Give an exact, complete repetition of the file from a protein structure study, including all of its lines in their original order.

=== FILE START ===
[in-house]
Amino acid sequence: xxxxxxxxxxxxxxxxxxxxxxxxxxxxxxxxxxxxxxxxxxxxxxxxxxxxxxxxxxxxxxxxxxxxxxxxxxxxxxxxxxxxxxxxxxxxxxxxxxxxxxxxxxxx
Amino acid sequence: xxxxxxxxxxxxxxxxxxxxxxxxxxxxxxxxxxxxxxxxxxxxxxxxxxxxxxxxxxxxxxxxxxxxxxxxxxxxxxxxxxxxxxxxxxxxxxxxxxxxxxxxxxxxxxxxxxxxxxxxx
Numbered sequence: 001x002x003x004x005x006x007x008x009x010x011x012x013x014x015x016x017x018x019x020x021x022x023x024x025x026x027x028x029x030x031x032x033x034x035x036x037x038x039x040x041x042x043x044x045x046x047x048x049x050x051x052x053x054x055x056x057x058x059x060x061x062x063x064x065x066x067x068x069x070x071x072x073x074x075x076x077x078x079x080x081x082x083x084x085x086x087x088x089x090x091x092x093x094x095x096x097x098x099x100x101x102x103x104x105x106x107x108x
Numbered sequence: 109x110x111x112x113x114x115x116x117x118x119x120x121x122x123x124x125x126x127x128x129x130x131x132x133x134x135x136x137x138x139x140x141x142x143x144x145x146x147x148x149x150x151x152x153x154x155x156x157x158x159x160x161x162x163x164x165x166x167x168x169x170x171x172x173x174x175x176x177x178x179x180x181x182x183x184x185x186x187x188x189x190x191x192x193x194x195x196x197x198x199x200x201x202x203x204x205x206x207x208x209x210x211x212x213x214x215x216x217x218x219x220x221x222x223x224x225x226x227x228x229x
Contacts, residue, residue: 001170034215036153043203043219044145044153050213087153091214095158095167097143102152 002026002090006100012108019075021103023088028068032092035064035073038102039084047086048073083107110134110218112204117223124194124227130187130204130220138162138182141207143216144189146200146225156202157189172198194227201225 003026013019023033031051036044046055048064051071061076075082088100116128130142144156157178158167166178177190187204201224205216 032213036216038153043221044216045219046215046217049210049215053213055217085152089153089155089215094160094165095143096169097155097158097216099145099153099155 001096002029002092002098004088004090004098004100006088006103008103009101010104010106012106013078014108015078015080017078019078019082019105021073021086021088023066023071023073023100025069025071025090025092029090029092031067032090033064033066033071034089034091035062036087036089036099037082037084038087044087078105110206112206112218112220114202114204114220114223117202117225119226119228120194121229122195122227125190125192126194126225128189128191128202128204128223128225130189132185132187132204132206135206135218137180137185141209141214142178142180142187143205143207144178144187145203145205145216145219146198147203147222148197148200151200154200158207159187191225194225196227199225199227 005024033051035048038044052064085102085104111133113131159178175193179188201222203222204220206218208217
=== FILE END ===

[in-house]
Amino acid sequence: xxxxxxxxxxxxxxxxxxxxxxxxxxxxxxxxxxxxxxxxxxxxxxxxxxxxxxxxxxxxxxxxxxxxxxxxxxxxxxxxxxxxxxxxxxxxxxxxxxxxxxxxxxxx
Amino acid sequence: xxxxxxxxxxxxxxxxxxxxxxxxxxxxxxxxxxxxxxxxxxxxxxxxxxxxxxxxxxxxxxxxxxxxxxxxxxxxxxxxxxxxxxxxxxxxxxxxxxxxxxxxxxxxxxxxxxxxxxxxx
Numbered sequence: 001x002x003x004x005x006x007x008x009x010x011x012x013x014x015x016x017x018x019x020x021x022x023x024x025x026x027x028x029x030x031x032x033x034x035x036x037x038x039x040x041x042x043x044x045x046x047x048x049x050x051x052x053x054x055x056x057x058x059x060x061x062x063x064x065x066x067x068x069x070x071x072x073x074x075x076x077x078x079x080x081x082x083x084x085x086x087x088x089x090x091x092x093x094x095x096x097x098x099x100x101x102x103x104x105x106x107x108x
Numbered sequence: 109x110x111x112x113x114x115x116x117x118x119x120x121x122x123x124x125x126x127x128x129x130x131x132x133x134x135x136x137x138x139x140x141x142x143x144x145x146x147x148x149x150x151x152x153x154x155x156x157x158x159x160x161x162x163x164x165x166x167x168x169x170x171x172x173x174x175x176x177x178x179x180x181x182x183x184x185x186x187x188x189x190x191x192x193x194x195x196x197x198x199x200x201x202x203x204x205x206x207x208x209x210x211x212x213x214x215x216x217x218x219x220x221x222x223x224x225x226x227x228x229x
Contacts, residue, residue: 001170034215036153043203043219044145044153050213087153091214095158095167097143102152 002026002090006100012108019075021103023088028068032092035064035073038102039084047086048073083107110134110218112204117223124194124227130187130204130220138162138182141207143216144189146200146225156202157189172198194227201225 003026013019023033031051036044046055048064051071061076075082088100116128130142144156157178158167166178177190187204201224205216 032213036216038153043221044216045219046215046217049210049215053213055217085152089153089155089215094160094165095143096169097155097158097216099145099153099155 001096002029002092002098004088004090004098004100006088006103008103009101010104010106012106013078014108015078015080017078019078019082019105021073021086021088023066023071023073023100025069025071025090025092029090029092031067032090033064033066033071034089034091035062036087036089036099037082037084038087044087078105110206112206112218112220114202114204114220114223117202117225119226119228120194121229122195122227125190125192126194126225128189128191128202128204128223128225130189132185132187132204132206135206135218137180137185141209141214142178142180142187143205143207144178144187145203145205145216145219146198147203147222148197148200151200154200158207159187191225194225196227199225199227 005024033051035048038044052064085102085104111133113131159178175193179188201222203222204220206218208217